The Bass Neck

The other important half of the bass is the bass neck. The neck usually consists of the back of the bass neck, the fingerboard or fretboard and the headstock.

There are a variety of necks out there, and the woods and construction methods used in creating the neck play an important part in making the bass sound a certain way.

There are many ways in which a neck might be attached to the Body:

- Bolt-On
- Neck-Through
- Set-Neck

Bolt-On means that the neck and the body are built separately and attached later through the use of screws. This is the main way of producing basses and is seen on most basses since it tends to be cheaper and easier to do.

Neck-Through basses have the body and neck built into the same instrument at the same time. Generally, this gives the bass a different, more mellow tone than bolt on does, but can be much more expensive and time consuming to fix if it breaks.

Set-Neck is like a mix of the two. The parts are built separately, but the neck is attached afterwards and secured into the body so that it can't come off, usually with glues and a variety of chemical adhesives. This is easier to produce and provides a tonally balanced median of the two production methods.

As for the parts of the bass neck itself, some of the things that you may run into include:

Tuners (1):

Tuners (or tuning keys or machine heads) are the big obtrusive things on the headstock. There is one on each string and they are each individually responsible for keeping one of the strings in tune. There are now unique kinds of tuning keys that allow you to switch tunings with the flick of a switch (literally)!

Truss Rod (2):

In the necks of most basses, there is a small hex or cross shaped cut in a metal circle in the neck of your bass. That is where you make the adjustments to your truss rod. A truss rod is a long metal rod that runs along the inside of your bass and allows you to combat various changes in the bow of the bass neck. Be careful when turning the truss rod as the rod can break if there is too much pressure and pop your fretboard right off of the neck. Pop goes the weasel!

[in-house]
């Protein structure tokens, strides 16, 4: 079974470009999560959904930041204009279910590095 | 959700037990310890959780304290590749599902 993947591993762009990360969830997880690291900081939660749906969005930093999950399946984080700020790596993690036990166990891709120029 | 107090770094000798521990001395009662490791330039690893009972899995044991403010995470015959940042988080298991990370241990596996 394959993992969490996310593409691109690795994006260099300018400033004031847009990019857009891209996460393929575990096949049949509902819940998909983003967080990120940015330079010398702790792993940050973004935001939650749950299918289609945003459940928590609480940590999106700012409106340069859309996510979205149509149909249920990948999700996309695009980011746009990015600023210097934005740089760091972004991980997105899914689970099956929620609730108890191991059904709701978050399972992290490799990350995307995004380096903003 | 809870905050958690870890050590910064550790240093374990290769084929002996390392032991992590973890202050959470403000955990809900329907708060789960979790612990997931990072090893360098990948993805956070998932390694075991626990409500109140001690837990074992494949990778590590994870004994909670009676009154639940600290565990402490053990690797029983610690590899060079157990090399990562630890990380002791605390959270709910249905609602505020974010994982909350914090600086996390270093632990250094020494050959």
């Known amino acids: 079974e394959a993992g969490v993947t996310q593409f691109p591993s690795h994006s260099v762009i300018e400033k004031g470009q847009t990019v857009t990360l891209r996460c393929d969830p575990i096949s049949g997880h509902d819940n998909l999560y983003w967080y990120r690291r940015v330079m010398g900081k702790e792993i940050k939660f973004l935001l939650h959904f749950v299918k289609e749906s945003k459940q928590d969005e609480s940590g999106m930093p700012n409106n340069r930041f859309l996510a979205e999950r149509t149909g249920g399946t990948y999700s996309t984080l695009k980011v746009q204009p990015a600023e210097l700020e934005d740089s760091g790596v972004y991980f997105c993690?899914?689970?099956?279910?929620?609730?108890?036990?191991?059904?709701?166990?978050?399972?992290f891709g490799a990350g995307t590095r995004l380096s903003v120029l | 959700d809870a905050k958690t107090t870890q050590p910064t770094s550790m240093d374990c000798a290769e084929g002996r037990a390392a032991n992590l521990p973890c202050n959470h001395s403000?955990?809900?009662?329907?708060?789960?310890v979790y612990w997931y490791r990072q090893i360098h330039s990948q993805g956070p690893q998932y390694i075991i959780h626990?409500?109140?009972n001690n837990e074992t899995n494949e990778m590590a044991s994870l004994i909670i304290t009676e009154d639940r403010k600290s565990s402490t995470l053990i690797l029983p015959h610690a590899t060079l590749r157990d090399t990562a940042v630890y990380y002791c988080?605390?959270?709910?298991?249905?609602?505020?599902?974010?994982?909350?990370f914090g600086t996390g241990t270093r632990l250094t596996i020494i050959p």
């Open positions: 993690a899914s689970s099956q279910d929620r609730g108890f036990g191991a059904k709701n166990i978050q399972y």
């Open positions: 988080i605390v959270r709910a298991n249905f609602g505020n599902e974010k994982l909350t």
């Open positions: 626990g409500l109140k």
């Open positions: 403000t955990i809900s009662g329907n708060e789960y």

String Tree (3):

On most basses, there is a small object that holds down the strings and provides a way of keeping the strings taut against the nut. That is the string tree. It is a good idea to have on, unless you want to give the strings a chance to escape your nut. It's only happened once to me, but it still sucked.

Nut (4):

This is the small bar-shaped object at the end of the neck where the headstock meets the fingerboard. The job of the nut is to stop the strings from vibrating past a certain point so that the bass plays in tune.

When measuring the scale of a bass, if the scale is 34", that means that there are 34 inches from the nut to the part of the bridge where the strings are cut off.

Headstock (5):

At the end of the bass where most of the hardware is is called the headstock. The main job of this part is to hold the strings and keep them in tune through the use of the tuning pegs.

In the 80's, there was a surge of basses without headstocks. While this did reduce weight, it became so overused that many people nowadays associate headless basses with the 80s. The main thing about the headless bass is that without a headstock, a lot of the weight of the neck of the bass is gone and the bass tends to balance better. I personally like the way that they play, but some people may not. You might want to try one just to say that you have and so that you can get an idea of why they were popular.

Fret/Fingerboard (6):

There are a variety of materials that fingerboards and fretboards are made out of. Most of the time, you'll find that woods are used, especially Rosewood and Maple. However, there are also more and more bass necks made out of Graphite and Man-made materials becoming available.

The difference between a fingerboard and a fretboard are frets. A fingerboard doesn't have frets whereas a fretboard does. A fretless bass has a fingerboard and a typical fretted bass has a fretboard. Bingo!

Necks made out of Maple and Graphite tend to sound brighter than a rosewood board does.

Frets (7):

These are the metal bars that make your bass neck look like a railroad track. Their job is to cut the string off at a certain point and provide accurate pitch for each note. There are many different kinds of metal that are made into frets, but they are always made out of metal.

Fret Markers (8):

These go in place of frets on some fretless basses in order to give the player an easier time playing the fretless bass. Some people think that they are akin to cheating or are somehow dishonest. I figure that if it helps you to play better and more in tune, go for it. These are typically made of maple, rosewood or plastic.

Neck Plate (9):

On many basses, there is a small metal plate on the back of the body where the neck meets the neck pocket. This is a neck plate and it is there as both a mark of the manufacturer (sometimes) and to stop the screws from digging into and making marks in the body around the neck pocket. On some basses (like mine), the neck plate has been replaced with small metal protectors for each screw that do the same thing but are more hidden than a plate. Both are equally effective at protecting the bass.

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